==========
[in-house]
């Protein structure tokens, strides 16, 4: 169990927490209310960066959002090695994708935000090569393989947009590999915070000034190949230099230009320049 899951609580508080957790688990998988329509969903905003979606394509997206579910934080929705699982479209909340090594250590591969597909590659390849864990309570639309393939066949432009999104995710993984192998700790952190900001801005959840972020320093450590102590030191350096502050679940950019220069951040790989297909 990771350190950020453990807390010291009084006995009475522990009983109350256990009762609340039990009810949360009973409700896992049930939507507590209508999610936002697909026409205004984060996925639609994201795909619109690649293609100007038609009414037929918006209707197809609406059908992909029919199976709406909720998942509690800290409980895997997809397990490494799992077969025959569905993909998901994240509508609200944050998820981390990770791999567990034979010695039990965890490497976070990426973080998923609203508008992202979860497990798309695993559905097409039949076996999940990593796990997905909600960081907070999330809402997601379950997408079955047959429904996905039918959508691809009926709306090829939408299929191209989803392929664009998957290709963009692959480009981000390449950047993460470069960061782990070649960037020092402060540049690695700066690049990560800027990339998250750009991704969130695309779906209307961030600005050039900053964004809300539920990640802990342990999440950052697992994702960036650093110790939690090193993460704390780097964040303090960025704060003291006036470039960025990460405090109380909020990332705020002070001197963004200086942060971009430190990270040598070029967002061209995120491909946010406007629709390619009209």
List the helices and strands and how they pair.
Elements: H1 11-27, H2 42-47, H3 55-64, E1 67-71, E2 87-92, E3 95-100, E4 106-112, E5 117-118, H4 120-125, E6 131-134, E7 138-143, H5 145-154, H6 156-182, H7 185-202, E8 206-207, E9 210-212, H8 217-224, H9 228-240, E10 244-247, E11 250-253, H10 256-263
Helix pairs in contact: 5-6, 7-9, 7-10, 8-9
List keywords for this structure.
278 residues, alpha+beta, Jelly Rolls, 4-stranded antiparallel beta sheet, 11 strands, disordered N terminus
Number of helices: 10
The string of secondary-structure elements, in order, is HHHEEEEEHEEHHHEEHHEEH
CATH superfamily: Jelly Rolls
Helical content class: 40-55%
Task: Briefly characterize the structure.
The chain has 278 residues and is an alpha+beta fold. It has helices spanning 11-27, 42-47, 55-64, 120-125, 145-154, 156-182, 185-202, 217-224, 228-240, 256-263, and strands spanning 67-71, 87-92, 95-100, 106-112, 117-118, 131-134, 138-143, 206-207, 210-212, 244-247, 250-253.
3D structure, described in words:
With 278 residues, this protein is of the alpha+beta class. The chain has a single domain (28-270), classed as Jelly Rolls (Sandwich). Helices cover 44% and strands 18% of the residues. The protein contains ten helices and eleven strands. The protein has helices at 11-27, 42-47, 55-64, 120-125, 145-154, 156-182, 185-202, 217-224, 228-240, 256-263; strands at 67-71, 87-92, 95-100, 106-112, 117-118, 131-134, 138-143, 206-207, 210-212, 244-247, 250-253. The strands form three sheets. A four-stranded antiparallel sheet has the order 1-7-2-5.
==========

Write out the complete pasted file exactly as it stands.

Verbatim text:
[in-house]
């Protein structure tokens, strides 16, 4: 169990927490209310960066959002090695994708935000090569393989947009590999915070000034190949230099230009320049 899951609580508080957790688990998988329509969903905003979606394509997206579910934080929705699982479209909340090594250590591969597909590659390849864990309570639309393939066949432009999104995710993984192998700790952190900001801005959840972020320093450590102590030191350096502050679940950019220069951040790989297909 990771350190950020453990807390010291009084006995009475522990009983109350256990009762609340039990009810949360009973409700896992049930939507507590209508999610936002697909026409205004984060996925639609994201795909619109690649293609100007038609009414037929918006209707197809609406059908992909029919199976709406909720998942509690800290409980895997997809397990490494799992077969025959569905993909998901994240509508609200944050998820981390990770791999567990034979010695039990965890490497976070990426973080998923609203508008992202979860497990798309695993559905097409039949076996999940990593796990997905909600960081907070999330809402997601379950997408079955047959429904996905039918959508691809009926709306090829939408299929191209989803392929664009998957290709963009692959480009981000390449950047993460470069960061782990070649960037020092402060540049690695700066690049990560800027990339998250750009991704969130695309779906209307961030600005050039900053964004809300539920990640802990342990999440950052697992994702960036650093110790939690090193993460704390780097964040303090960025704060003291006036470039960025990460405090109380909020990332705020002070001197963004200086942060971009430190990270040598070029967002061209995120491909946010406007629709390619009209």
List the helices and strands and how they pair.
Elements: H1 11-27, H2 42-47, H3 55-64, E1 67-71, E2 87-92, E3 95-100, E4 106-112, E5 117-118, H4 120-125, E6 131-134, E7 138-143, H5 145-154, H6 156-182, H7 185-202, E8 206-207, E9 210-212, H8 217-224, H9 228-240, E10 244-247, E11 250-253, H10 256-263
Helix pairs in contact: 5-6, 7-9, 7-10, 8-9
List keywords for this structure.
278 residues, alpha+beta, Jelly Rolls, 4-stranded antiparallel beta sheet, 11 strands, disordered N terminus
Number of helices: 10
The string of secondary-structure elements, in order, is HHHEEEEEHEEHHHEEHHEEH
CATH superfamily: Jelly Rolls
Helical content class: 40-55%
Task: Briefly characterize the structure.
The chain has 278 residues and is an alpha+beta fold. It has helices spanning 11-27, 42-47, 55-64, 120-125, 145-154, 156-182, 185-202, 217-224, 228-240, 256-263, and strands spanning 67-71, 87-92, 95-100, 106-112, 117-118, 131-134, 138-143, 206-207, 210-212, 244-247, 250-253.
3D structure, described in words:
With 278 residues, this protein is of the alpha+beta class. The chain has a single domain (28-270), classed as Jelly Rolls (Sandwich). Helices cover 44% and strands 18% of the residues. The protein contains ten helices and eleven strands. The protein has helices at 11-27, 42-47, 55-64, 120-125, 145-154, 156-182, 185-202, 217-224, 228-240, 256-263; strands at 67-71, 87-92, 95-100, 106-112, 117-118, 131-134, 138-143, 206-207, 210-212, 244-247, 250-253. The strands form three sheets. A four-stranded antiparallel sheet has the order 1-7-2-5.